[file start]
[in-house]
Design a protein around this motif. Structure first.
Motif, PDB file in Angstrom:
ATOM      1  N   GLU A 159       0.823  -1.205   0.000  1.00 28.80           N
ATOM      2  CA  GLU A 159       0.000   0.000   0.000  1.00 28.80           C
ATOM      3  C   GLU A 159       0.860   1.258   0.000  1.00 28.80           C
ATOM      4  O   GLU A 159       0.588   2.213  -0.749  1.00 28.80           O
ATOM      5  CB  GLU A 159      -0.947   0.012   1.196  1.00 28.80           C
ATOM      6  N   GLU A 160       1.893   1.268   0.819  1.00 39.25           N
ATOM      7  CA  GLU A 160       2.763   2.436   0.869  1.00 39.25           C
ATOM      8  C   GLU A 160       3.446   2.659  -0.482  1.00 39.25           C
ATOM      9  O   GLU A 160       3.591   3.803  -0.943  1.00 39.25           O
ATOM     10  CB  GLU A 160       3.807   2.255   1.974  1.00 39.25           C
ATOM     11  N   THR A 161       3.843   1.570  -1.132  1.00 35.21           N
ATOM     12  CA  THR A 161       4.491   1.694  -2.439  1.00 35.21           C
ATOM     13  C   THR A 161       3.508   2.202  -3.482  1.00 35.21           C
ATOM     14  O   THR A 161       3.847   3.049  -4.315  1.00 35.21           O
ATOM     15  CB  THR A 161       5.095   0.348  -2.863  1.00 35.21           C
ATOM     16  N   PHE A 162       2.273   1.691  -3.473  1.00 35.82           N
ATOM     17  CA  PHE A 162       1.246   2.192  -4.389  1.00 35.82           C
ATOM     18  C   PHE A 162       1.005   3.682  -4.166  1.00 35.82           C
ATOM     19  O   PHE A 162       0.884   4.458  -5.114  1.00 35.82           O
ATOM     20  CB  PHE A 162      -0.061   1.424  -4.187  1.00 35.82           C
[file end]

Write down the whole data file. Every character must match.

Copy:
[in-house]
Design a protein around this motif. Structure first.
Motif, PDB file in Angstrom:
ATOM      1  N   GLU A 159       0.823  -1.205   0.000  1.00 28.80           N
ATOM      2  CA  GLU A 159       0.000   0.000   0.000  1.00 28.80           C
ATOM      3  C   GLU A 159       0.860   1.258   0.000  1.00 28.80           C
ATOM      4  O   GLU A 159       0.588   2.213  -0.749  1.00 28.80           O
ATOM      5  CB  GLU A 159      -0.947   0.012   1.196  1.00 28.80           C
ATOM      6  N   GLU A 160       1.893   1.268   0.819  1.00 39.25           N
ATOM      7  CA  GLU A 160       2.763   2.436   0.869  1.00 39.25           C
ATOM      8  C   GLU A 160       3.446   2.659  -0.482  1.00 39.25           C
ATOM      9  O   GLU A 160       3.591   3.803  -0.943  1.00 39.25           O
ATOM     10  CB  GLU A 160       3.807   2.255   1.974  1.00 39.25           C
ATOM     11  N   THR A 161       3.843   1.570  -1.132  1.00 35.21           N
ATOM     12  CA  THR A 161       4.491   1.694  -2.439  1.00 35.21           C
ATOM     13  C   THR A 161       3.508   2.202  -3.482  1.00 35.21           C
ATOM     14  O   THR A 161       3.847   3.049  -4.315  1.00 35.21           O
ATOM     15  CB  THR A 161       5.095   0.348  -2.863  1.00 35.21           C
ATOM     16  N   PHE A 162       2.273   1.691  -3.473  1.00 35.82           N
ATOM     17  CA  PHE A 162       1.246   2.192  -4.389  1.00 35.82           C
ATOM     18  C   PHE A 162       1.005   3.682  -4.166  1.00 35.82           C
ATOM     19  O   PHE A 162       0.884   4.458  -5.114  1.00 35.82           O
ATOM     20  CB  PHE A 162      -0.061   1.424  -4.187  1.00 35.82           C